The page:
Tanaka Is the Best Pitcher in New York
Masahiro Tanaka is an ace. When you get a $155 million contract before ever stepping foot in the Major Leagues, you have some insanely high expectations to meet. Not even when your general manager states that you would be a “good number three pitcher” can temper expectations. Tanaka has met all expectations and has even surpassed them. Tanaka had the “worst” start of the season on ESPN’s Sunday Night Baseball against the Angels. His location was off slightly and he yielded four walks after having given up only three all season. However, his final line of 6 1/3 innings, 2 earned runs and 11 strikeouts was still very, very good. I would sign up for such a performance every time out without hesitation. He is currently third in the league in strikeouts with 46, one behind co-leaders Felix Hernandez and David Price. But Tanaka has had one less start than either Price or Hernandez. He has an ERA under 2.30. And has has not lost a game this season. Nor did he lost one playing in Japan last season. Tanaka is on record saying he thinks he can go undefeated this season. As dominant as he has been, now is not the time to doubt him.
Robinson Cano will return to Yankee Stadium for the first time since he signed a monster $240 million contract with the Seattle Mariners in the off-season. Since signing the deal there has been some hard feelings on both sides. Yankees’ hitting coach Kevin Long criticized Cano for not hustling to first base on ground balls. Cano stated he didn’t feel loved by the Yankees’ front office. I don’t know how you can feel “unloved” when someone is offering you $175 millions dollars, but I do understand that it was a lot less than the Mariners were offering. As for Cano’s lack of hustle, it was not a secret during his nine years in pinstripes and if it was a problem, it should have been corrected in-house, not blasted to the media after Cano signed with another team. Billy Martin famously pulled Hall of Famer Reggie Jackson out of a game against the Red Sox for a lack of hustle. Joe Torre and Derek Jeter sat down a young Alfonso Soriano in 2001 and read him the riot act after he failed to run to first on a grounder. More recently Nationals’ manager Matt Williams benched one of the best young players in the game, Bryce Harper, for lack of hustle. Both sides are simply scorned and need to get over it.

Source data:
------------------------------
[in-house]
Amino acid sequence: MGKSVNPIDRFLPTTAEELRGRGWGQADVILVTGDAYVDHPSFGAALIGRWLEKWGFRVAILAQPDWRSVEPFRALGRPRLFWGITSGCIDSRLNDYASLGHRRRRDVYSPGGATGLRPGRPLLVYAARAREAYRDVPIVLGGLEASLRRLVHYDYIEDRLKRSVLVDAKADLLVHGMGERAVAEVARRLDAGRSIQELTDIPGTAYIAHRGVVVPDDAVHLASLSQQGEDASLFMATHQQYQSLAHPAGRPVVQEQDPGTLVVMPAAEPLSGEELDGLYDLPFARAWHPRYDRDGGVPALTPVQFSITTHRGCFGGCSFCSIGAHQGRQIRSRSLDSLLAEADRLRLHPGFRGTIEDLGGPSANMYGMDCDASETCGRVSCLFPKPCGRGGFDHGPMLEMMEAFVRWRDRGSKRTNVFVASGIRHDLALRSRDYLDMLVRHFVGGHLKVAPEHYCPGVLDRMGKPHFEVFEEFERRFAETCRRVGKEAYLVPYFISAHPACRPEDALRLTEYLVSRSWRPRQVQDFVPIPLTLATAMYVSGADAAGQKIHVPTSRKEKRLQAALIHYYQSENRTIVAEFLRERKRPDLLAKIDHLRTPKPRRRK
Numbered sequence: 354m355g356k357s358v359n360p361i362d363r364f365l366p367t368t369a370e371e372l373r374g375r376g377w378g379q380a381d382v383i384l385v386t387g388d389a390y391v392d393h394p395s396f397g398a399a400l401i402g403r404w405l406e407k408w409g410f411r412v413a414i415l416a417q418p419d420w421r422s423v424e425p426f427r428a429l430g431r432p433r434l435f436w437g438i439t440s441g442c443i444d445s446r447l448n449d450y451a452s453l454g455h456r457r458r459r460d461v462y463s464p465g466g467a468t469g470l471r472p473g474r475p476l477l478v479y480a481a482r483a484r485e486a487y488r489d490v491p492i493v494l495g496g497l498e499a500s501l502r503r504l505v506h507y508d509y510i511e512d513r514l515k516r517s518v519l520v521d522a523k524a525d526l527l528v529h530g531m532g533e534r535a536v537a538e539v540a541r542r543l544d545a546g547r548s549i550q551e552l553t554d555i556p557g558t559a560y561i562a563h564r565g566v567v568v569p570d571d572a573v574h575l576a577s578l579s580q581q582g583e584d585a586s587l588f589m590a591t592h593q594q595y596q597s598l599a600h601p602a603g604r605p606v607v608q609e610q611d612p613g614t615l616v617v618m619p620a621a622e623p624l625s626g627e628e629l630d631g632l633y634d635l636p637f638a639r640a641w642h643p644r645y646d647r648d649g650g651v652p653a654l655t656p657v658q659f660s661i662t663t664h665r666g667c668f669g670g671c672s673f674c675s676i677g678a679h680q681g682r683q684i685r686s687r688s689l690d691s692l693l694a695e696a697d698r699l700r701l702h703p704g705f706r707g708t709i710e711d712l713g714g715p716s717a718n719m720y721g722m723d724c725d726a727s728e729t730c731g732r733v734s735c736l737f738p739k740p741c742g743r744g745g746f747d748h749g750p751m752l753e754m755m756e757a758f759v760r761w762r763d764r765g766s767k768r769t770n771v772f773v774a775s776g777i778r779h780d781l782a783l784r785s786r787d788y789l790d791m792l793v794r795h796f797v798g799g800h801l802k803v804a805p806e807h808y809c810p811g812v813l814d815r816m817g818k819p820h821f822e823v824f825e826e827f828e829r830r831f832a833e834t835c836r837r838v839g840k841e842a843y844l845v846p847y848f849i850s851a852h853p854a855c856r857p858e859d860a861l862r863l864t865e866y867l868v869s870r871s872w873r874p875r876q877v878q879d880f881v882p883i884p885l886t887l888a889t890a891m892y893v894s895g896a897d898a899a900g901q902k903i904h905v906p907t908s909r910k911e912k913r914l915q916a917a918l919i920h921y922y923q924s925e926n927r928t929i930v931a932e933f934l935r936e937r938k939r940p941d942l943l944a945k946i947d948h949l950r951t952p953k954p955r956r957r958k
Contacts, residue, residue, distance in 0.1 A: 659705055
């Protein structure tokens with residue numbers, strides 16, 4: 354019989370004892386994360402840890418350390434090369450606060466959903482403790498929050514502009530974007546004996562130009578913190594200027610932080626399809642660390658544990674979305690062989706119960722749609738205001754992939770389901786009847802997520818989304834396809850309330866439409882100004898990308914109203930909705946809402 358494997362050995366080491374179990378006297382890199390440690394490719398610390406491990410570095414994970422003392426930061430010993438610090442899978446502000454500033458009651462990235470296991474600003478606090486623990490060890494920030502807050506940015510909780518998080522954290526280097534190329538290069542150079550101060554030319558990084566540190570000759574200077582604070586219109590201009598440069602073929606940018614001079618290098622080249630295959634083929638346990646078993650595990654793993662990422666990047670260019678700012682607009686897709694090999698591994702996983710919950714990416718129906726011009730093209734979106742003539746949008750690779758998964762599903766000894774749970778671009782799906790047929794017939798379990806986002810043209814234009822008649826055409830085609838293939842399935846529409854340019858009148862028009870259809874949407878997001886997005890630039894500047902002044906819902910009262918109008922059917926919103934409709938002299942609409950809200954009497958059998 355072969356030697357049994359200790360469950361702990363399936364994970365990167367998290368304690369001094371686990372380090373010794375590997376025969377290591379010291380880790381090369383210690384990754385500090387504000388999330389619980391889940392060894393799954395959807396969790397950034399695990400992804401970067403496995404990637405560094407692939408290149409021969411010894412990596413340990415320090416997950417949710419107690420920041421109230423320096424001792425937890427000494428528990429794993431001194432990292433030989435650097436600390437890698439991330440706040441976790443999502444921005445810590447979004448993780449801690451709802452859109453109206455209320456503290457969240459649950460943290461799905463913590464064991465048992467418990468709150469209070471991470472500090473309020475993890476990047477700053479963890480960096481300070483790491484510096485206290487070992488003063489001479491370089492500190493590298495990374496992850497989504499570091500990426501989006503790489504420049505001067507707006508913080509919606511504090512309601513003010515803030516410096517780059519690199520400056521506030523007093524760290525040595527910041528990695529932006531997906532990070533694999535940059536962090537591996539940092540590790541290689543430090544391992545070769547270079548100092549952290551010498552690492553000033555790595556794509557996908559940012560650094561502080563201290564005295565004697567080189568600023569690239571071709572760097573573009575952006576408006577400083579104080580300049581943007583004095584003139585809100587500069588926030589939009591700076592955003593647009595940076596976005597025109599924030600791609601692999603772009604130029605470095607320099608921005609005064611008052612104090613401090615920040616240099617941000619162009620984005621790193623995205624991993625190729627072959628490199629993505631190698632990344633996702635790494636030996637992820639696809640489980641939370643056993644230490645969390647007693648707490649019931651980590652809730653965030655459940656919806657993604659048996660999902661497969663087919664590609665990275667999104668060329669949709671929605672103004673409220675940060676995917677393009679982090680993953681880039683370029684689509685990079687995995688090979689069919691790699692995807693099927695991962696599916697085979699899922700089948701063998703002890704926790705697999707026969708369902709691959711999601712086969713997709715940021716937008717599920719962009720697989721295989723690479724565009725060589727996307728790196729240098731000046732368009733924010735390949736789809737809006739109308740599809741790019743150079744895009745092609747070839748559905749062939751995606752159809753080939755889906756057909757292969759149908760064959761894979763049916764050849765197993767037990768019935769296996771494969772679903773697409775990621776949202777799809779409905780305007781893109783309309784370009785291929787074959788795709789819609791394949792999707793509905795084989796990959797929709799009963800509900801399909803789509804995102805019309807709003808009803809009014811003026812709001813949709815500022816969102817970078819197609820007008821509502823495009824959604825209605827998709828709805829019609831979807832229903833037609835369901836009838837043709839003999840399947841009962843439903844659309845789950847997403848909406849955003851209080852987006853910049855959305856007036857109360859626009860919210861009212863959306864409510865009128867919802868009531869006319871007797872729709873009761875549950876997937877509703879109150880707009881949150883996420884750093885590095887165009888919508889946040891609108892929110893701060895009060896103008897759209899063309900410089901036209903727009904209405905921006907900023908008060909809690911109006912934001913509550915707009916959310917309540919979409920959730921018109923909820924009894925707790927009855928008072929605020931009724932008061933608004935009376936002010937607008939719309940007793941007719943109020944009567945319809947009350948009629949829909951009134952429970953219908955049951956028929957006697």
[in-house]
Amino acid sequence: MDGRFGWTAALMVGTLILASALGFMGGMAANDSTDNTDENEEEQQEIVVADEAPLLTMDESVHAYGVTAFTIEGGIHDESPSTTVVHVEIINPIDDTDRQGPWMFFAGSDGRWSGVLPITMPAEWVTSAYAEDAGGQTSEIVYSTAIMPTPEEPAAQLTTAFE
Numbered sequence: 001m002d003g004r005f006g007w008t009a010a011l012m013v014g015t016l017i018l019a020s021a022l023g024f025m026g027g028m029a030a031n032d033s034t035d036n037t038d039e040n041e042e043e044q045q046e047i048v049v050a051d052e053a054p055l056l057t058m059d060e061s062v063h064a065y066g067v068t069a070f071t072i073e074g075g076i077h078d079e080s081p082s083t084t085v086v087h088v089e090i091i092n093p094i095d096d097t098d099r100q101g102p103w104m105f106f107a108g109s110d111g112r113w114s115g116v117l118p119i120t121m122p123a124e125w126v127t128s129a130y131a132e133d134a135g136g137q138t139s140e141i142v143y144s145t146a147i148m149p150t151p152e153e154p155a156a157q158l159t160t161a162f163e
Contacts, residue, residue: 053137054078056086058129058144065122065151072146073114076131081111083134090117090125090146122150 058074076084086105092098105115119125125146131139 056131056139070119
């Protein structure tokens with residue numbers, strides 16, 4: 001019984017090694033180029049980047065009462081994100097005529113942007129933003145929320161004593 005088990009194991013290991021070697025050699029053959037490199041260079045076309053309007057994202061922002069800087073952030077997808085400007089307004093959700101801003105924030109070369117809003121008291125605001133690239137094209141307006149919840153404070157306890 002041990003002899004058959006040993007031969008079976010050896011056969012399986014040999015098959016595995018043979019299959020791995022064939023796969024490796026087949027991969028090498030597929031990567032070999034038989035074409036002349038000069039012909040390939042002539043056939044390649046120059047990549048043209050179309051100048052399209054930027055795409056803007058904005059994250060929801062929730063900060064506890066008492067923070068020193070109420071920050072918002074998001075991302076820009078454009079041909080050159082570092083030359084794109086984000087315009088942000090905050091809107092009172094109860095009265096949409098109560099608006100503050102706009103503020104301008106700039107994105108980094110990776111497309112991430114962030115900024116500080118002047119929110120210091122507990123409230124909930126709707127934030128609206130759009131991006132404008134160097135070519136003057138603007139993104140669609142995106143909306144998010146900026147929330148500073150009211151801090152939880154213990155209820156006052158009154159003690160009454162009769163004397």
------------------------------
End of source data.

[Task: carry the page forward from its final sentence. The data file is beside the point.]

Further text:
I think Cano will get some cheers on Tuesday but there will be more boos than cheers from the home crowd. Cano was a liked and respected Yankee, but he was never beloved. He didn’t have signature October moments like some other former Yankees who came back. While he has been the best second baseman in the league for the last several years, Yankees’ fans can count only one ring on his hand. He won some silver sluggers, but no batting titles, no MVPs and no dramatic postseason success. Other Yankees with smaller resumes have returned to cheers, such as Tino Martinez, David Wells, and Jason Giambi. But I think Cano will be greeted by boos. Cano scorned the fans as well as the Yankees when he took the bigger contract, but the reason that he will be booed and not cheered is not because of money, but because most Yankees’ fans liked Cano instead of loving Cano and that subtle difference is all that is needed to boo after being scorned in the off-season. Those ladies and gentlemen, are your Bomber Bites with Jumping Joe Vitulli!